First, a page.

Thursday, May 20, 2004

Picking up where I left off...January, 2002

OK, so, I guess I should get back to my chronological account of what happened with my company, FUEL new york....

Around this time, in early January 2002, I’d received an unusual call from my mother. She was crying. As you might imagine, being Japanese, this is a truly rare occasion, and I can literally count the number of times I have heard or seen my mother cry on a single hand. This was serious. I was somewhat shocked since I'd spent some time with my parents on New Year Day, just a few days before, and they seemed fine as usual -- I asked her to take a breath and tell me what was wrong, and she was immediately apologetic, which I assured her she needn’t be.

She'd begun to share with me that, due to financial problems my father was having -- the Japanese bubble had burst and the economy there was still declining -- this, in conjunction with 911, there was a severe drop in Japanese business coming to my father. My mother was upset as it appeared that, in order to make ends meet, they may have to sell their beloved property in Westchester, where they'd lived in for over a decade, the property they'd spent a significant amount of energy (and money) into renovating.

I knew that, even with the slowing economy, their Westchester property was worth well into seven figures. Thankfully, I'm a little more familiar with the American financing system/industry in some respects than my parents, and I assured her immediately that the property needn't be sold -- there were other ways to leverage the property. I told her that, as hard a pill as it may be to swallow, they could rent their property out to someone, and as much as it would be difficult to have to move and to let someone else live in their property, it would allow them to retain ownership. Further, the money coming in from rent would likely be enough to provide them with a comfortable enough base income to make minimal adjustments to their lives. Plus, if they did want to ultimately sell the property, it would allow them to buy some time to ride out the economic slowdown, allowing them to sell the property for a lot more, should they choose to down the road.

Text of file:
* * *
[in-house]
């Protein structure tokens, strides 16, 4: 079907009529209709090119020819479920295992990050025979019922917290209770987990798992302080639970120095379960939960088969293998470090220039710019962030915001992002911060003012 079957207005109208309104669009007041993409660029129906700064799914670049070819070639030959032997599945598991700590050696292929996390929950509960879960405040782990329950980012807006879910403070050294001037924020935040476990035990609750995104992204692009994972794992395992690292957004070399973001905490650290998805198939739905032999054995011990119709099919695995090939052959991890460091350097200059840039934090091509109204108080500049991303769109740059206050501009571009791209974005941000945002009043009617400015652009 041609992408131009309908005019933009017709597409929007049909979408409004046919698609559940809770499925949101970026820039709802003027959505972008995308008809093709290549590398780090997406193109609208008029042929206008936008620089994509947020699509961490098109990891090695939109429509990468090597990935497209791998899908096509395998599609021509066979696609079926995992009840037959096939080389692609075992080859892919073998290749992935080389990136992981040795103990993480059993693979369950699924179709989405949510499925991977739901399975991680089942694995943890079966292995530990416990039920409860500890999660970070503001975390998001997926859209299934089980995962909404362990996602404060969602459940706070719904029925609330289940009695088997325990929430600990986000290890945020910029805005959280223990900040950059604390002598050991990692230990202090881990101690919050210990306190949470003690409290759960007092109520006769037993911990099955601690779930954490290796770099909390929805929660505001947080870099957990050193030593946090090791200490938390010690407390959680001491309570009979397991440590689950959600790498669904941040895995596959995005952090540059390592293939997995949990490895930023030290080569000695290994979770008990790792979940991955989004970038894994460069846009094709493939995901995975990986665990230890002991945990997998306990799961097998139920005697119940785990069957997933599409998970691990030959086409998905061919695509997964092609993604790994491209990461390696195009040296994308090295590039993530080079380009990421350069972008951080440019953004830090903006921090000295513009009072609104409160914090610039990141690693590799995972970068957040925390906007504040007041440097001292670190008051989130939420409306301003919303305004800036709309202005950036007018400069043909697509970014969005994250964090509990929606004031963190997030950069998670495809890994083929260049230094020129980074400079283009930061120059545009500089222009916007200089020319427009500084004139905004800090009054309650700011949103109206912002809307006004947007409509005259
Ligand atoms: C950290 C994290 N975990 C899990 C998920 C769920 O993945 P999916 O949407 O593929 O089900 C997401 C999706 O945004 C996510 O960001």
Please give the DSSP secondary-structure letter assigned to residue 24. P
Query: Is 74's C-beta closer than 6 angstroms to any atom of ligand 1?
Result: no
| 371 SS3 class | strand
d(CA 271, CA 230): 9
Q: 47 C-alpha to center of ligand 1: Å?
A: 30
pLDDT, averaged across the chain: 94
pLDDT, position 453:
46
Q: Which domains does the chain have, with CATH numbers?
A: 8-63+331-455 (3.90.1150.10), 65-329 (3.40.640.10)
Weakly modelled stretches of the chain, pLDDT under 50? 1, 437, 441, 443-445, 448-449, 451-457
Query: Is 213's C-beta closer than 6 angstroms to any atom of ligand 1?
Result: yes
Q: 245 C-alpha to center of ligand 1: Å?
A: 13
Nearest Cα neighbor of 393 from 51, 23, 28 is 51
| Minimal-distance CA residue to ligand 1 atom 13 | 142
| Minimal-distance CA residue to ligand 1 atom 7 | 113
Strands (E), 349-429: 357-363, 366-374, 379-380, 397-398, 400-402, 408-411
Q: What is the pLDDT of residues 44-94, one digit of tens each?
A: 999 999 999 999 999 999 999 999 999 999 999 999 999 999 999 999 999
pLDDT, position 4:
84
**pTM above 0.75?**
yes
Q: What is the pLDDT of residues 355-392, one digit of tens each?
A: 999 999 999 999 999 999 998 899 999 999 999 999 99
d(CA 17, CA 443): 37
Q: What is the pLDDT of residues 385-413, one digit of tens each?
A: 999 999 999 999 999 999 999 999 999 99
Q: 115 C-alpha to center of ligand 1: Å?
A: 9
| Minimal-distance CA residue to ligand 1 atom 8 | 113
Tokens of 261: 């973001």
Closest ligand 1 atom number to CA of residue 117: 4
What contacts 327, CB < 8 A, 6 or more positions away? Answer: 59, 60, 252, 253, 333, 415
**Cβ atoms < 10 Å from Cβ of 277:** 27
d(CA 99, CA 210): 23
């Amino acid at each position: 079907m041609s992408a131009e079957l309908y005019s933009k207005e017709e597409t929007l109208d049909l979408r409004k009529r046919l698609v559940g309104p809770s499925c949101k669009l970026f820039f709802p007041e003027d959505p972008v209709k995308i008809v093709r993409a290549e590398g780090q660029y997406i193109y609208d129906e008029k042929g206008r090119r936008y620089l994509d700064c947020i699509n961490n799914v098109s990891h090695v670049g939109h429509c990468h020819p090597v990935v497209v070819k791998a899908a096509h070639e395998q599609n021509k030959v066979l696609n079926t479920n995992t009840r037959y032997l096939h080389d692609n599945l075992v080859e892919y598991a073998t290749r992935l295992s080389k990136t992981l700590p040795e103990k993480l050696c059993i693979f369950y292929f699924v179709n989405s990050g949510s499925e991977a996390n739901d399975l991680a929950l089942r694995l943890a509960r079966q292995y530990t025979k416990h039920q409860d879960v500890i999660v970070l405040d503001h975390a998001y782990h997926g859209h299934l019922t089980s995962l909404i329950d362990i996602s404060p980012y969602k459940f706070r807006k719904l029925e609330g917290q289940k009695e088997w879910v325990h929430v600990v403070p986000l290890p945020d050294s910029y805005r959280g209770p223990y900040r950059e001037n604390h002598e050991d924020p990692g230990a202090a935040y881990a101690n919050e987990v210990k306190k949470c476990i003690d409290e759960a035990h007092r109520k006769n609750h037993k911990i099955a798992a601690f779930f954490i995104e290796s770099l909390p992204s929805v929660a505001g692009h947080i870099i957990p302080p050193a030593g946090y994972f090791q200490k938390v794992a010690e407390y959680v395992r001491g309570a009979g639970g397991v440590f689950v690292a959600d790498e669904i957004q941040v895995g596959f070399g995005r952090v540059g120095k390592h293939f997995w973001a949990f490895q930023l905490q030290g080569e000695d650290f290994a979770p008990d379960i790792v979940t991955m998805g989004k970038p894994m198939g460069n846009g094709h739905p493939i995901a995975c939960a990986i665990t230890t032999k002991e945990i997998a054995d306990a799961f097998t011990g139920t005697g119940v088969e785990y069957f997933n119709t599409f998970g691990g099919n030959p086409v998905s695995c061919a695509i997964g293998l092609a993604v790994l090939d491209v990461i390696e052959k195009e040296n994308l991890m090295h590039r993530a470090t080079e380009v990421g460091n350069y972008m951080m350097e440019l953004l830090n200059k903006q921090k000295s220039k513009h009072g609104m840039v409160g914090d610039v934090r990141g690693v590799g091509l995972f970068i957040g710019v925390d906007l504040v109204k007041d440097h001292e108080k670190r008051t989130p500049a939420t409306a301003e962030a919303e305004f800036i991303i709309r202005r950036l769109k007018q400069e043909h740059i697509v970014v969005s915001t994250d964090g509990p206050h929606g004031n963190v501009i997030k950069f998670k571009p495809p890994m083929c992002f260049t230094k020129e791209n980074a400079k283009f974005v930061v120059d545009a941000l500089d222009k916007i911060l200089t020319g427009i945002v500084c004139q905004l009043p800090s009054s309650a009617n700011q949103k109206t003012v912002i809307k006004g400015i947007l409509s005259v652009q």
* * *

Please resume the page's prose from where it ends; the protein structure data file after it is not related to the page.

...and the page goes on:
This seemed to calm her, and we talked some more before deciding that I should come out there to talk it over dinner with both my parents. My father decided that the renting route was the way to go, and they needed to act on the decision relatively quickly -- their financial situation was fairly dire.

As you may recall from my earlier postings, at this point, Jeremy Tick and I’d decided fairly conclusively to move ahead with FUEL new york, mostly based on Jeremy Tick’s repeated assurance that we would be certain to make well into six figures with this venture by the end of the year (again, which was why I’d made sure we’d met with Steve Kleiner, my financial advisor at UBS). However, given my core apathy for the fashion industry (I couldn’t care for the “glamour” of the industry --having grown up in New York most my life and being of relatively down-to-earth constitution, I was jaded by the glitz), I was still not emotionally committed to the idea, which is why I was still entertaining the idea of the job in Tokyo with Siebel Systems.